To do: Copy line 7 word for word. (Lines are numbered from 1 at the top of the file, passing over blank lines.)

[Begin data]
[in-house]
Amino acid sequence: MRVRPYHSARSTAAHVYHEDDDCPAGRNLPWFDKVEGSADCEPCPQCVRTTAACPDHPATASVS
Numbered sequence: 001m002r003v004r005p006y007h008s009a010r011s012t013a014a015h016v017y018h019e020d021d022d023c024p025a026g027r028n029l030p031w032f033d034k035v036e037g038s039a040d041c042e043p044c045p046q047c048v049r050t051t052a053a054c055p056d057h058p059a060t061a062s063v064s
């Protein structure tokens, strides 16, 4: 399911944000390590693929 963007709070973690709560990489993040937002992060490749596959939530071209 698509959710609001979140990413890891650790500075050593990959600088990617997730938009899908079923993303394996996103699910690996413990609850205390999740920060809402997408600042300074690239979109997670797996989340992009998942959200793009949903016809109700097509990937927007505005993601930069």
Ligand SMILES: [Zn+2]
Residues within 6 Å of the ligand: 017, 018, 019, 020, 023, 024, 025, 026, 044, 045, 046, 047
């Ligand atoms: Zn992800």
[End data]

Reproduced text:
């Ligand atoms: Zn992800």